Showing posts with label Red. Show all posts
Showing posts with label Red. Show all posts

Tuesday, 29 January 2013

My favourite glossy magazine

Glossy magazines have always been a big part of my life. My mum started her career as a feature writer for Woman’s Mirror, a weekly magazine in the Sixties, and I can vividly remember the day she met me from primary school brandishing a tall retro coffee pot in her hand. She’d bought it with the proceeds of her first magazine commission and she was SO proud. So was I for that matter.

In the intervening years I’ve subscribed to scores of different magazines – from Vogue to Country Living – and even worked for a few myself. I love that exciting moment when they thump on to the doormat, usually a couple of days before you can buy them at the shops.

But in recent months I’ve cut the magazines I read down to two. I’m not sure why but I found that I was flicking through most of them and barely reading any articles. They all seemed a bit samey and dull.

There are two subscriptions I’ve hung on to though – for two magazines I reckon are head and shoulders above the rest. One is Grazia, the weekly magazine I’ve blogged about before, and the other is the utterly brilliant Red.

So what’s so great about Red? Well, for starters, it looks like a work of art. The photography is stunning and if I was a student I’d be half tempted to tear the fashion pages out and stick them on my walls. But more importantly, it’s full of stuff I actually want to read. Take the March issue. It’s got an At Home piece with novelist Maggie O’Farrell (I’m counting the days till her latest novel, Instructions for a Heatwave, is published on February 28), an interview with Noel Gallagher and a Q&A with the wonderful Tracey Thorn. The Everything But the Girl singer has just written a book about her life called Bedsit Disco Queen – my favourite book title of the year so far.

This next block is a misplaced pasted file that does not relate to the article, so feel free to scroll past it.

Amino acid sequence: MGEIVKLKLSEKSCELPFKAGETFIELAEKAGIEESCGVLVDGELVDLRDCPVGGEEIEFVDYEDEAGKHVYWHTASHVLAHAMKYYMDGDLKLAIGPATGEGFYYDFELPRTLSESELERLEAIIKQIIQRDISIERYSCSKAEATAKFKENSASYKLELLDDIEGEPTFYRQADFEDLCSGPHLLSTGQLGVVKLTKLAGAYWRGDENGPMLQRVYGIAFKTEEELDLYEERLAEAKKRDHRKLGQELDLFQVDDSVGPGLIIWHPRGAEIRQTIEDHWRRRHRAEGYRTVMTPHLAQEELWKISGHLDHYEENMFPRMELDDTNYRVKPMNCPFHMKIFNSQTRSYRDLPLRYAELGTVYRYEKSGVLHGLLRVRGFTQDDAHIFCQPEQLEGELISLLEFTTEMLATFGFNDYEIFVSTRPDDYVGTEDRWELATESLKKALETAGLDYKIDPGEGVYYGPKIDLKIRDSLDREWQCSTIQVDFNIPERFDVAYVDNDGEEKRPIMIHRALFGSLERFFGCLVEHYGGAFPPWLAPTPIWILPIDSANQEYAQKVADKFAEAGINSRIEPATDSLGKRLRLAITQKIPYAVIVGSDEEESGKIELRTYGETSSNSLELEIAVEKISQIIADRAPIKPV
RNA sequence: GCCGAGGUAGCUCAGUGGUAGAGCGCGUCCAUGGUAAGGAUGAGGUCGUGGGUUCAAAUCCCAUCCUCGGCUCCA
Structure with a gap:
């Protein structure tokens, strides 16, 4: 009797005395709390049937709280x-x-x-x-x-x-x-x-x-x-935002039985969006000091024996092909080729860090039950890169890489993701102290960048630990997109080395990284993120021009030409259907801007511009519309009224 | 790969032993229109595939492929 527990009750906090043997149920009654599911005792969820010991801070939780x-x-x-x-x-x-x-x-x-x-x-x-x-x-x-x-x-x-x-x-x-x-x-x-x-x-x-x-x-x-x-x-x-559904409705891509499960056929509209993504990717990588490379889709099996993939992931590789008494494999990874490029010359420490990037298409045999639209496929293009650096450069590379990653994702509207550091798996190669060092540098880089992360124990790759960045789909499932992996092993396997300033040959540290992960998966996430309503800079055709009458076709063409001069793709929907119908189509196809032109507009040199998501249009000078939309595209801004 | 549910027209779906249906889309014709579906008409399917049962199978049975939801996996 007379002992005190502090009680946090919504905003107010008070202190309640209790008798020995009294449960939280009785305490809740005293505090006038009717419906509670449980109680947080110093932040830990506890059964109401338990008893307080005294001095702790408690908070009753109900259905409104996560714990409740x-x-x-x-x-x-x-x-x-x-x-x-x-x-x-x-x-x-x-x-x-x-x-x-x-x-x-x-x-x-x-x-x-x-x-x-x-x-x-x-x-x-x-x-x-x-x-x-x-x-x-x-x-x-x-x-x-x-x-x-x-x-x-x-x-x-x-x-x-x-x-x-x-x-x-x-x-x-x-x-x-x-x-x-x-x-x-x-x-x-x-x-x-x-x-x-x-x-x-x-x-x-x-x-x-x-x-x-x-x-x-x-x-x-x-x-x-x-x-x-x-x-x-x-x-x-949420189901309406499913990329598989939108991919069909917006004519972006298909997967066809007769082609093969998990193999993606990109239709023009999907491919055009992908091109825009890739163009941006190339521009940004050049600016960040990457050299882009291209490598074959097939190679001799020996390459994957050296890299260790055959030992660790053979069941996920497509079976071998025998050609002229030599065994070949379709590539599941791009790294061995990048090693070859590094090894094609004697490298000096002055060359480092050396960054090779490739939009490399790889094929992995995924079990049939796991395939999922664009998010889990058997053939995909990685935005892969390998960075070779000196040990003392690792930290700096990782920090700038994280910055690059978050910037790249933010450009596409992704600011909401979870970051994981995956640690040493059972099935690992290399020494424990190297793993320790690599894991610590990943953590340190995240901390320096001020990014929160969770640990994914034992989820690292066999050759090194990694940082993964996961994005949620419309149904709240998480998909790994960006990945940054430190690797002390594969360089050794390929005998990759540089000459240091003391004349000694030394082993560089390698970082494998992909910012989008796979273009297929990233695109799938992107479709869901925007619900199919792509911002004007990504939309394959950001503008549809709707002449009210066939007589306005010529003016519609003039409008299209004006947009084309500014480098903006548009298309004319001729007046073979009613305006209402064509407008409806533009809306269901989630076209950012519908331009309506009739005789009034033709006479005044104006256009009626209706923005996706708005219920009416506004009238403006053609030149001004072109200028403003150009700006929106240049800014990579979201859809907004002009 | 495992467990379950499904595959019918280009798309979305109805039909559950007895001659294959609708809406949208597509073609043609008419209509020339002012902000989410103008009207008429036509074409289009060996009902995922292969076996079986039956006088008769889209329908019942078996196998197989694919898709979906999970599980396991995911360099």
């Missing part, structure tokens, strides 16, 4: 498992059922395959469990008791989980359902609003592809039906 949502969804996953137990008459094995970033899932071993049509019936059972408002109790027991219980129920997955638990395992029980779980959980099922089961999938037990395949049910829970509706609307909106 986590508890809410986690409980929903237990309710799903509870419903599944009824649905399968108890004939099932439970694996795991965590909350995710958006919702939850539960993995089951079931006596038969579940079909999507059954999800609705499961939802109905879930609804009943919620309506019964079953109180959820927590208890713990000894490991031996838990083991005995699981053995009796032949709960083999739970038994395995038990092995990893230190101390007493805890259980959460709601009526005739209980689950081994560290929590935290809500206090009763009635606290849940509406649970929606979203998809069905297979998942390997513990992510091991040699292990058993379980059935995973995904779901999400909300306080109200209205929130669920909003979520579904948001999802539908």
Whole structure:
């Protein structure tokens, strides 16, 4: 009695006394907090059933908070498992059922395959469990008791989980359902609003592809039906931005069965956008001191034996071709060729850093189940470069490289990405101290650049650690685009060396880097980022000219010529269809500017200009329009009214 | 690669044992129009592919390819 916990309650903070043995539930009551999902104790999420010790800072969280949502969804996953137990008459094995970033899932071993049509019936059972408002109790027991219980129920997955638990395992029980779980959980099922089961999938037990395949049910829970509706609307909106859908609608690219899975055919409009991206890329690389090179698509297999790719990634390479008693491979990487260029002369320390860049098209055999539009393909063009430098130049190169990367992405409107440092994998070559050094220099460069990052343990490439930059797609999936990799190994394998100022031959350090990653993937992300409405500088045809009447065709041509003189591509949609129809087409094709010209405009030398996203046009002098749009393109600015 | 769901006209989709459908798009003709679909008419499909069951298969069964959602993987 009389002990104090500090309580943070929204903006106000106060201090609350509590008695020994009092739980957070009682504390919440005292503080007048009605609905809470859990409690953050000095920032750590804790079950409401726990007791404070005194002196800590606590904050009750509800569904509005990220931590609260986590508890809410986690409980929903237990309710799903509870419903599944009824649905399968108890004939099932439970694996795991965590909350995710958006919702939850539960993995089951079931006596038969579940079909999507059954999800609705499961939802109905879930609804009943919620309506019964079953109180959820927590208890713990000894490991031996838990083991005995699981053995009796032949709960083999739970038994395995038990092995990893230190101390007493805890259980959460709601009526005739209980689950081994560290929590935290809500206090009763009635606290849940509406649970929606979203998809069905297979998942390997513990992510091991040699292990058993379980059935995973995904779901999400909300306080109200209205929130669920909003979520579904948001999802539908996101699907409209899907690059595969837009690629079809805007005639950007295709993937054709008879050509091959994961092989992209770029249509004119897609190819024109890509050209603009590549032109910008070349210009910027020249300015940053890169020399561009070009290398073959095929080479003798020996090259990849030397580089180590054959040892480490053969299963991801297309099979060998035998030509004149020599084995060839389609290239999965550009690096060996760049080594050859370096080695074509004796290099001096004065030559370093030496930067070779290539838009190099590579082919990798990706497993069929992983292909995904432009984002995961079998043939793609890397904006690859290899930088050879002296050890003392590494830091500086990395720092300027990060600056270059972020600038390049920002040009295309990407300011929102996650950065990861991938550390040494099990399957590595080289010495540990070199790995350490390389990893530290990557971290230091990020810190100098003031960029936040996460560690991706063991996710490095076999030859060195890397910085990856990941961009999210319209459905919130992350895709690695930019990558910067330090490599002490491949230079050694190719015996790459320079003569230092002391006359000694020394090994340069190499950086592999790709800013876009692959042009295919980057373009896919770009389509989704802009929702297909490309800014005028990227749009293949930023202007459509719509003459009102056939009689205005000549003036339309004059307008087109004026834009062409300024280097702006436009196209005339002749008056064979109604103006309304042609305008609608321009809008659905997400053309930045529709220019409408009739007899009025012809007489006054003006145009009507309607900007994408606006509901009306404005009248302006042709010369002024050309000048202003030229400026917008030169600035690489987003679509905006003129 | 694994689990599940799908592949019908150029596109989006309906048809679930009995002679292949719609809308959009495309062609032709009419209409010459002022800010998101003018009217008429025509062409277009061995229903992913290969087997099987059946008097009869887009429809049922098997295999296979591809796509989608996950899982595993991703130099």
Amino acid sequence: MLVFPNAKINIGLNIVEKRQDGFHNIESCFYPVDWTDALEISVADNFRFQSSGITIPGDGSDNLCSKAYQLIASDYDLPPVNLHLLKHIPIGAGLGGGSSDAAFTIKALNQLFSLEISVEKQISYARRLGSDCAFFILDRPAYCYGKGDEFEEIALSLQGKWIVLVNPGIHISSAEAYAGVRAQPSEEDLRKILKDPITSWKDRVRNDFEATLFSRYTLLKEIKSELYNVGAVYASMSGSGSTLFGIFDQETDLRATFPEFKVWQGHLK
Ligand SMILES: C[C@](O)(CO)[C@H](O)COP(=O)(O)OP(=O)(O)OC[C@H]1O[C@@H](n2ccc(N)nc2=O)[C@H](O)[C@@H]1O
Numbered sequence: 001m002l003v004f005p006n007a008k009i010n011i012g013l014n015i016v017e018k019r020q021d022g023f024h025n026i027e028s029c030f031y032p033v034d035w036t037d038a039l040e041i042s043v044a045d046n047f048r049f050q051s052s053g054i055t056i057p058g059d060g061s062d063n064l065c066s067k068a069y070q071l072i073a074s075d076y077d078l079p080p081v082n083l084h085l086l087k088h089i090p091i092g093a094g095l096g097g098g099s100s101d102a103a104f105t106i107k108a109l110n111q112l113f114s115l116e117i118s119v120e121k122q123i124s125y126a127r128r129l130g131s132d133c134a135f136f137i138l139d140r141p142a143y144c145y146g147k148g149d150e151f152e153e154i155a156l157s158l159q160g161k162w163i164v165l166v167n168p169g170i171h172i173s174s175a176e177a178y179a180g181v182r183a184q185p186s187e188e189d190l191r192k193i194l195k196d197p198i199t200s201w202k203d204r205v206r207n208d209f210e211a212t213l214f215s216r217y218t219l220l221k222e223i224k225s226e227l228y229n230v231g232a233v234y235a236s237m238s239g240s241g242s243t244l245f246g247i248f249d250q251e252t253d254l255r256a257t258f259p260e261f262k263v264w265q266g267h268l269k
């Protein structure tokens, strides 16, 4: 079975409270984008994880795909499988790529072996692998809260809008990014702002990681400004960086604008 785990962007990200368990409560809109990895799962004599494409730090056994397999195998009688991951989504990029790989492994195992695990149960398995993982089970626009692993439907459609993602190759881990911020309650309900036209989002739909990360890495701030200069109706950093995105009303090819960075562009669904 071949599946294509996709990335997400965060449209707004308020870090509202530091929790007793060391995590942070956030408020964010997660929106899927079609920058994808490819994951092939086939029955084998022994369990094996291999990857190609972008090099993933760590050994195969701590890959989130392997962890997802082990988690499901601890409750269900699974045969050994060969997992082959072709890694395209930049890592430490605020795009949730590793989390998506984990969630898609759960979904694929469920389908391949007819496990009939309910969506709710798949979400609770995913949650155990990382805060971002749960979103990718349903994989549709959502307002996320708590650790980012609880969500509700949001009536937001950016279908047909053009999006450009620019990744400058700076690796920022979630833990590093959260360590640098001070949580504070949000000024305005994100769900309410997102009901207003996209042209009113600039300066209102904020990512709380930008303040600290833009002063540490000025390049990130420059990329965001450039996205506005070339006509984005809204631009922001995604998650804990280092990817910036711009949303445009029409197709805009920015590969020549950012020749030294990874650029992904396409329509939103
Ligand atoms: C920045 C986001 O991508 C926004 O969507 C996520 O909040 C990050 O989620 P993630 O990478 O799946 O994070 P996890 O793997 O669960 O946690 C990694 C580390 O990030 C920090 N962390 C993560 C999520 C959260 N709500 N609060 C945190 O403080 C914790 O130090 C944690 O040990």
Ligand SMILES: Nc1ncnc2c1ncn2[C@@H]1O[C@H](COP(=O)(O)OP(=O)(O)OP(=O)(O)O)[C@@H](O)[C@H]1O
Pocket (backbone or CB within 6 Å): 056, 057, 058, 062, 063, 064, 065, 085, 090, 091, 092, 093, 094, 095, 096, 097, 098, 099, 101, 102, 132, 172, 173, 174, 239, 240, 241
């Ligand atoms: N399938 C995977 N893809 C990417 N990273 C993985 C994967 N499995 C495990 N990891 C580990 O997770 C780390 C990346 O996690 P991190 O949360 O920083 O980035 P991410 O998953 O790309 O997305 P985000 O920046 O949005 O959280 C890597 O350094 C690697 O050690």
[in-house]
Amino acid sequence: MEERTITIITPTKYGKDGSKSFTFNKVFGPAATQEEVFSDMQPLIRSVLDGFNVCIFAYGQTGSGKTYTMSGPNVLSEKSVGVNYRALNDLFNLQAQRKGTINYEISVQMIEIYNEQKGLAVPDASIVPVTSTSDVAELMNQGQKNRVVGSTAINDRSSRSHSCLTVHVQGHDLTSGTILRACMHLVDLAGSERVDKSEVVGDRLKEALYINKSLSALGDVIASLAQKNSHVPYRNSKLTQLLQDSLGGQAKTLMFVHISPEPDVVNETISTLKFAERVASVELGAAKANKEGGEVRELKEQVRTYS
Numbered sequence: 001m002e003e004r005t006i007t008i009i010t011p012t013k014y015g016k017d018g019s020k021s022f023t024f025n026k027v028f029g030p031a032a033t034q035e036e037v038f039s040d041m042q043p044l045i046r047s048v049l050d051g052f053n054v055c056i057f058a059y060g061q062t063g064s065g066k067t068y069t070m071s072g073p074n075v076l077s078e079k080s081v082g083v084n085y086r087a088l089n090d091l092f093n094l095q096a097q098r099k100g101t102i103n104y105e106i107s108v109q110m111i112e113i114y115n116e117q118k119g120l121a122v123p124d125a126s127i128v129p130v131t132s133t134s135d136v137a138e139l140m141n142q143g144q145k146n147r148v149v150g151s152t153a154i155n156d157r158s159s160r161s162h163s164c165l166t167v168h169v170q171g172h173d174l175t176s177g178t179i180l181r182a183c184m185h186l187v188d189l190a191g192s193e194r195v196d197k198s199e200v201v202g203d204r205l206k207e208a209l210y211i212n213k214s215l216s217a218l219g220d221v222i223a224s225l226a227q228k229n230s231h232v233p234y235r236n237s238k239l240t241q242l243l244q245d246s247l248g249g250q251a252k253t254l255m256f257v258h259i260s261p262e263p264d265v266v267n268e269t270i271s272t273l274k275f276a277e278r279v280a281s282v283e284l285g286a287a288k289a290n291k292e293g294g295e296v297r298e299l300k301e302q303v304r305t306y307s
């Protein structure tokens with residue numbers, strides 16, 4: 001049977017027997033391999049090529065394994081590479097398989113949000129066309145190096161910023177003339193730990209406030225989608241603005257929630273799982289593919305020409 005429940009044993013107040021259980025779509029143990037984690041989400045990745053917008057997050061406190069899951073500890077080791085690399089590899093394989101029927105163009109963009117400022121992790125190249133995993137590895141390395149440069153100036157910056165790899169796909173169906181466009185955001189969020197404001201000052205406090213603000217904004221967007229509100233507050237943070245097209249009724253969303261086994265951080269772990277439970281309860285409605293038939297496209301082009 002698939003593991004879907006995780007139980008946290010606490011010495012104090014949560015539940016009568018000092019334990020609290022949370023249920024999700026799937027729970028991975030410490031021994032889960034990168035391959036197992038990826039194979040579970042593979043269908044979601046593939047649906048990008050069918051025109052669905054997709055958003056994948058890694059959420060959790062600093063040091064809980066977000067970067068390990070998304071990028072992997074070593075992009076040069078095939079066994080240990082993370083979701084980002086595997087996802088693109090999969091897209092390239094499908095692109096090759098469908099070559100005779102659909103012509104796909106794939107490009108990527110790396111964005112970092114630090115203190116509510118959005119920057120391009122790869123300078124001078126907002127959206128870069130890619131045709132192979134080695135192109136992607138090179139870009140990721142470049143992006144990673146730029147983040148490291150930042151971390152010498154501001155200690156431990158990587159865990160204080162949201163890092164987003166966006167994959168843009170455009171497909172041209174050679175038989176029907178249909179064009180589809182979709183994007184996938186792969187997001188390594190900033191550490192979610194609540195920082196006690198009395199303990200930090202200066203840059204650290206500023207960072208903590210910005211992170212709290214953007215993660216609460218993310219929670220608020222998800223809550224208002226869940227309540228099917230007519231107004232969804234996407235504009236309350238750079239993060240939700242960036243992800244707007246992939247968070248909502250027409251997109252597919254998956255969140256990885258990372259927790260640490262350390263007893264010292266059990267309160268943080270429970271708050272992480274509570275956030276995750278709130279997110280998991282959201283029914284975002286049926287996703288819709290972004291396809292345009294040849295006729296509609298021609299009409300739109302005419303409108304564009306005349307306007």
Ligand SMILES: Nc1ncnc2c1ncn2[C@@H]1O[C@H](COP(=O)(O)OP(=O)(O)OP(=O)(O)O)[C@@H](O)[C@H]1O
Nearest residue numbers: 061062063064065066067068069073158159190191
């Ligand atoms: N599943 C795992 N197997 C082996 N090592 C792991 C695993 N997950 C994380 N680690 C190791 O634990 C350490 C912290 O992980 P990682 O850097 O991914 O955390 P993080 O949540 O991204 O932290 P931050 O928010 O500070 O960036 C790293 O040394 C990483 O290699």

But as I flicked through the current issue’s 274 pages I was sad to see that the March issue is editor-in-chief Sam Baker’s last one. She’s leaving to write her next novel and have a go at being her own boss – which shows that she follows her own advice because Red is all about inspiring its readers and exhorting them to try new things.

So, from a loyal Oxford reader, all I can say is goodbye and good luck to Sam Baker. And thank you for all the amazing issues of Red you’ve published over the last six years.

Monday, 3 December 2012

Getting organised for Christmas

My mind’s been on Christmas since the summer. That's when I sat down to write my latest novella, White Christmas. As the rest of my family whizzed around enjoying the sunshine I was in a world of my own, dreaming about Christmas trees, advent calendars, carols, presents and snow.

But now my ebook is done and dusted, I’m busy getting sorted for Christmas. With friends and family scattered all over the place, it means being hyper-organised for once and making sure that the right presents get sent to the right place at the right time. I’ll never forget the awful year when I finished work in London on Christmas Eve, drove down to my parents in Dorset, laden (or so I thought) with presents, and then discovered I’d left the most important ones behind.

My problem is that I always get lulled into a false sense of security. I usually start my Christmas shopping in October, get loads done and then grind to a halt. Around the middle of December I have a major panic when I realise I haven’t done nearly as much as I thought I had.

But this year is different. Why? Because instead of keeping everything in my head (not a good idea when it’s clogged up with other stuff), I’ve actually written a list.  I’ve also downloaded the brilliant Red magazine's Christmas Kitchen Lifesaver app, which is keeping me on the straight and narrow about all the food I’ve got to buy.

But back to presents, my list is a work of art. I’ve scrawled the names of everyone I’m buying presents for in one column and when I need to post everything in the next. I’ve written my Christmas cards (well, most of them), sent my goddaughters’ parcels off by Parcelforce already (they are a dream to buy for) and if I say so myself, I’m not doing too badly at all.